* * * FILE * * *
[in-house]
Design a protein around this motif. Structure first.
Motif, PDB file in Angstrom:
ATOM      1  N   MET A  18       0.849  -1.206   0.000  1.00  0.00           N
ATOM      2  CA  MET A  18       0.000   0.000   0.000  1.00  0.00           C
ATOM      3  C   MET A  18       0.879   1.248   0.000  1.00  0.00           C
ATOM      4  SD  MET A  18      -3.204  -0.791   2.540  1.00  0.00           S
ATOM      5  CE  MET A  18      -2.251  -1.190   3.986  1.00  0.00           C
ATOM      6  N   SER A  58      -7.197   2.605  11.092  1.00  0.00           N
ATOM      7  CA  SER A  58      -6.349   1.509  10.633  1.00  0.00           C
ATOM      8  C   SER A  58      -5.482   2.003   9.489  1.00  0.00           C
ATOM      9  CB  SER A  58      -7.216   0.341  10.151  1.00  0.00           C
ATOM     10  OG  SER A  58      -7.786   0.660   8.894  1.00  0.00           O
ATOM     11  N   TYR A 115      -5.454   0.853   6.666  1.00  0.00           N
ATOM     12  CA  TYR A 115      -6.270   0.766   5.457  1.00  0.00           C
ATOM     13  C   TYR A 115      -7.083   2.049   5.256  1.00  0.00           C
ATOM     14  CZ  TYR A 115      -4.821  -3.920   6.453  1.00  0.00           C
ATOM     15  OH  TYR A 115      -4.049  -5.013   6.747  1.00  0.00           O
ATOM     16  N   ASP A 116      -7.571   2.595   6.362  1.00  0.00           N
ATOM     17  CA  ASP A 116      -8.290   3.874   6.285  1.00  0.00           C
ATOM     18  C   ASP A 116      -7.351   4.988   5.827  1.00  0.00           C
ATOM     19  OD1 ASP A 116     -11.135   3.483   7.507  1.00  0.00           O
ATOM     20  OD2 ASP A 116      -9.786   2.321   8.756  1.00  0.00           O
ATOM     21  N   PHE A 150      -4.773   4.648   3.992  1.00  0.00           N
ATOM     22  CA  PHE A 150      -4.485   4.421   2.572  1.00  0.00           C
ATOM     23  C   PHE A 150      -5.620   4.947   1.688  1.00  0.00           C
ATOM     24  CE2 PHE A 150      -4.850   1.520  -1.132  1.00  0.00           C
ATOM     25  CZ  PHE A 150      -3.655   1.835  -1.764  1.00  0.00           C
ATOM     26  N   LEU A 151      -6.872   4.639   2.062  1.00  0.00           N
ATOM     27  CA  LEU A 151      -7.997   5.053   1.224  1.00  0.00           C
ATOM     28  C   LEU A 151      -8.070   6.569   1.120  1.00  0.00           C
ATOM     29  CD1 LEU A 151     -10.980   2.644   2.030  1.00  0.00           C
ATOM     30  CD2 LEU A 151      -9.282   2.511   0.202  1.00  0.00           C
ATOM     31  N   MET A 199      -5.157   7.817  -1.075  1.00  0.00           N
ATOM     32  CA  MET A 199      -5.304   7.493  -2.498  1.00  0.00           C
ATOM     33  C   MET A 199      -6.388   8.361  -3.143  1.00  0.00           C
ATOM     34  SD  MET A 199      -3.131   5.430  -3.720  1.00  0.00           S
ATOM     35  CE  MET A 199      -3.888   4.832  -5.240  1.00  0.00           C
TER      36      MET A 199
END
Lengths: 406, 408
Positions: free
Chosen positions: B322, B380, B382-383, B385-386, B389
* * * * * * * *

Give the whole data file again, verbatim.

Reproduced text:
[in-house]
Design a protein around this motif. Structure first.
Motif, PDB file in Angstrom:
ATOM      1  N   MET A  18       0.849  -1.206   0.000  1.00  0.00           N
ATOM      2  CA  MET A  18       0.000   0.000   0.000  1.00  0.00           C
ATOM      3  C   MET A  18       0.879   1.248   0.000  1.00  0.00           C
ATOM      4  SD  MET A  18      -3.204  -0.791   2.540  1.00  0.00           S
ATOM      5  CE  MET A  18      -2.251  -1.190   3.986  1.00  0.00           C
ATOM      6  N   SER A  58      -7.197   2.605  11.092  1.00  0.00           N
ATOM      7  CA  SER A  58      -6.349   1.509  10.633  1.00  0.00           C
ATOM      8  C   SER A  58      -5.482   2.003   9.489  1.00  0.00           C
ATOM      9  CB  SER A  58      -7.216   0.341  10.151  1.00  0.00           C
ATOM     10  OG  SER A  58      -7.786   0.660   8.894  1.00  0.00           O
ATOM     11  N   TYR A 115      -5.454   0.853   6.666  1.00  0.00           N
ATOM     12  CA  TYR A 115      -6.270   0.766   5.457  1.00  0.00           C
ATOM     13  C   TYR A 115      -7.083   2.049   5.256  1.00  0.00           C
ATOM     14  CZ  TYR A 115      -4.821  -3.920   6.453  1.00  0.00           C
ATOM     15  OH  TYR A 115      -4.049  -5.013   6.747  1.00  0.00           O
ATOM     16  N   ASP A 116      -7.571   2.595   6.362  1.00  0.00           N
ATOM     17  CA  ASP A 116      -8.290   3.874   6.285  1.00  0.00           C
ATOM     18  C   ASP A 116      -7.351   4.988   5.827  1.00  0.00           C
ATOM     19  OD1 ASP A 116     -11.135   3.483   7.507  1.00  0.00           O
ATOM     20  OD2 ASP A 116      -9.786   2.321   8.756  1.00  0.00           O
ATOM     21  N   PHE A 150      -4.773   4.648   3.992  1.00  0.00           N
ATOM     22  CA  PHE A 150      -4.485   4.421   2.572  1.00  0.00           C
ATOM     23  C   PHE A 150      -5.620   4.947   1.688  1.00  0.00           C
ATOM     24  CE2 PHE A 150      -4.850   1.520  -1.132  1.00  0.00           C
ATOM     25  CZ  PHE A 150      -3.655   1.835  -1.764  1.00  0.00           C
ATOM     26  N   LEU A 151      -6.872   4.639   2.062  1.00  0.00           N
ATOM     27  CA  LEU A 151      -7.997   5.053   1.224  1.00  0.00           C
ATOM     28  C   LEU A 151      -8.070   6.569   1.120  1.00  0.00           C
ATOM     29  CD1 LEU A 151     -10.980   2.644   2.030  1.00  0.00           C
ATOM     30  CD2 LEU A 151      -9.282   2.511   0.202  1.00  0.00           C
ATOM     31  N   MET A 199      -5.157   7.817  -1.075  1.00  0.00           N
ATOM     32  CA  MET A 199      -5.304   7.493  -2.498  1.00  0.00           C
ATOM     33  C   MET A 199      -6.388   8.361  -3.143  1.00  0.00           C
ATOM     34  SD  MET A 199      -3.131   5.430  -3.720  1.00  0.00           S
ATOM     35  CE  MET A 199      -3.888   4.832  -5.240  1.00  0.00           C
TER      36      MET A 199
END
Lengths: 406, 408
Positions: free
Chosen positions: B322, B380, B382-383, B385-386, B389